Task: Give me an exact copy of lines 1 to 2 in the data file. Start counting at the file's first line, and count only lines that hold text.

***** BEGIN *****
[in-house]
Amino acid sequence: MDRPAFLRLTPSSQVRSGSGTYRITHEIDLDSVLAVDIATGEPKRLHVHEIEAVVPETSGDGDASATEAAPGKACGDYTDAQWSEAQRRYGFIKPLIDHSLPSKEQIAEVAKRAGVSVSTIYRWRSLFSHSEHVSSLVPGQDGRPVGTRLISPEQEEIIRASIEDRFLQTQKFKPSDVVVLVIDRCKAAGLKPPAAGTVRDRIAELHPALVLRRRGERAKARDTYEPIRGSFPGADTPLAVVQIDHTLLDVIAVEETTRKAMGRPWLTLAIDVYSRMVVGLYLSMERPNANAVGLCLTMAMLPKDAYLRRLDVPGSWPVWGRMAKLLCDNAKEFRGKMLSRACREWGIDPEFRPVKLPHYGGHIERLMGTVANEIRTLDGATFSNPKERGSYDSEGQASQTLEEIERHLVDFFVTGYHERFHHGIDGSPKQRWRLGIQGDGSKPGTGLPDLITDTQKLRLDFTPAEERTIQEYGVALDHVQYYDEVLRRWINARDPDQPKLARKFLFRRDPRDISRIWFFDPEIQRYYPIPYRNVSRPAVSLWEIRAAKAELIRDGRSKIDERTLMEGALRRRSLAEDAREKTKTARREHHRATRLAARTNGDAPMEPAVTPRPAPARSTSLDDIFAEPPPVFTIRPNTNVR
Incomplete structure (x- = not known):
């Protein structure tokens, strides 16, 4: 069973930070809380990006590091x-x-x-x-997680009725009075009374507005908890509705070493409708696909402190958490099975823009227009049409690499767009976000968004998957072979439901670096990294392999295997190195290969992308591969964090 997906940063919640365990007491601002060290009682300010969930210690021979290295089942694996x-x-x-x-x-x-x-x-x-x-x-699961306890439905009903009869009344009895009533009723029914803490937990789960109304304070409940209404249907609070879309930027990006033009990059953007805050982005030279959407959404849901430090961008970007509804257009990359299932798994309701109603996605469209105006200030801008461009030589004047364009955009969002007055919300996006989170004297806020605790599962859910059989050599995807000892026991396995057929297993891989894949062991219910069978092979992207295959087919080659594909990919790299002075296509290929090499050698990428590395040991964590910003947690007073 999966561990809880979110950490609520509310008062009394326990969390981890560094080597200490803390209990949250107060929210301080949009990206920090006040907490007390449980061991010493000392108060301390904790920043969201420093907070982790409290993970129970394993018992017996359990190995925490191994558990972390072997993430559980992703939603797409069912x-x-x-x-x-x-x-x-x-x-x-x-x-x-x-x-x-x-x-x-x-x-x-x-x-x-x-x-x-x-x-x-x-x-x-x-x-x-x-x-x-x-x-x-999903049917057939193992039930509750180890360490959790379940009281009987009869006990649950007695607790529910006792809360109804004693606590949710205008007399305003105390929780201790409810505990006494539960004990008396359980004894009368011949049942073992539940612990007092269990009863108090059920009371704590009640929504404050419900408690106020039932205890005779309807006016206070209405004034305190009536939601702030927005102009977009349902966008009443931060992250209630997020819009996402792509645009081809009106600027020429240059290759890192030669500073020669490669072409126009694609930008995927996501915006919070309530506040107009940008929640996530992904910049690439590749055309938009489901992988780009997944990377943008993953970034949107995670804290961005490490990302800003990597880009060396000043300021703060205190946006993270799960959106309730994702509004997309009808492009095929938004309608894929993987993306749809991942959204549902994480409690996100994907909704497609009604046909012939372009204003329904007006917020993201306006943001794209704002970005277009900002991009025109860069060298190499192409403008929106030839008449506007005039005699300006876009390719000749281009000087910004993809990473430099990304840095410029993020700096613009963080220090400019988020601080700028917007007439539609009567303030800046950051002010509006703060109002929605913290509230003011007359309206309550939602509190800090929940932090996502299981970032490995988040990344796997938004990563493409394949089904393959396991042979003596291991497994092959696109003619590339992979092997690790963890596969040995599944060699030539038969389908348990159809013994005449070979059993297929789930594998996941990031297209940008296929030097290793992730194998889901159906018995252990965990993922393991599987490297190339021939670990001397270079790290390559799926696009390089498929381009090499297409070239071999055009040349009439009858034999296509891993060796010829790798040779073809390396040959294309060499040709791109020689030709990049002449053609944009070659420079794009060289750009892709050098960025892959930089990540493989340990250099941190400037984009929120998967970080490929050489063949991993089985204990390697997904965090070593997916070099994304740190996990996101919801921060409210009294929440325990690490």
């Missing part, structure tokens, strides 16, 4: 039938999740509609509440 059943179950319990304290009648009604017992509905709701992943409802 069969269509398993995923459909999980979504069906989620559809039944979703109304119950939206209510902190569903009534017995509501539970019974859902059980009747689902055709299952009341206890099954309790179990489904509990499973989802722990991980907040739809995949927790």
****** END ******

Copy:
[in-house]
Amino acid sequence: MDRPAFLRLTPSSQVRSGSGTYRITHEIDLDSVLAVDIATGEPKRLHVHEIEAVVPETSGDGDASATEAAPGKACGDYTDAQWSEAQRRYGFIKPLIDHSLPSKEQIAEVAKRAGVSVSTIYRWRSLFSHSEHVSSLVPGQDGRPVGTRLISPEQEEIIRASIEDRFLQTQKFKPSDVVVLVIDRCKAAGLKPPAAGTVRDRIAELHPALVLRRRGERAKARDTYEPIRGSFPGADTPLAVVQIDHTLLDVIAVEETTRKAMGRPWLTLAIDVYSRMVVGLYLSMERPNANAVGLCLTMAMLPKDAYLRRLDVPGSWPVWGRMAKLLCDNAKEFRGKMLSRACREWGIDPEFRPVKLPHYGGHIERLMGTVANEIRTLDGATFSNPKERGSYDSEGQASQTLEEIERHLVDFFVTGYHERFHHGIDGSPKQRWRLGIQGDGSKPGTGLPDLITDTQKLRLDFTPAEERTIQEYGVALDHVQYYDEVLRRWINARDPDQPKLARKFLFRRDPRDISRIWFFDPEIQRYYPIPYRNVSRPAVSLWEIRAAKAELIRDGRSKIDERTLMEGALRRRSLAEDAREKTKTARREHHRATRLAARTNGDAPMEPAVTPRPAPARSTSLDDIFAEPPPVFTIRPNTNVR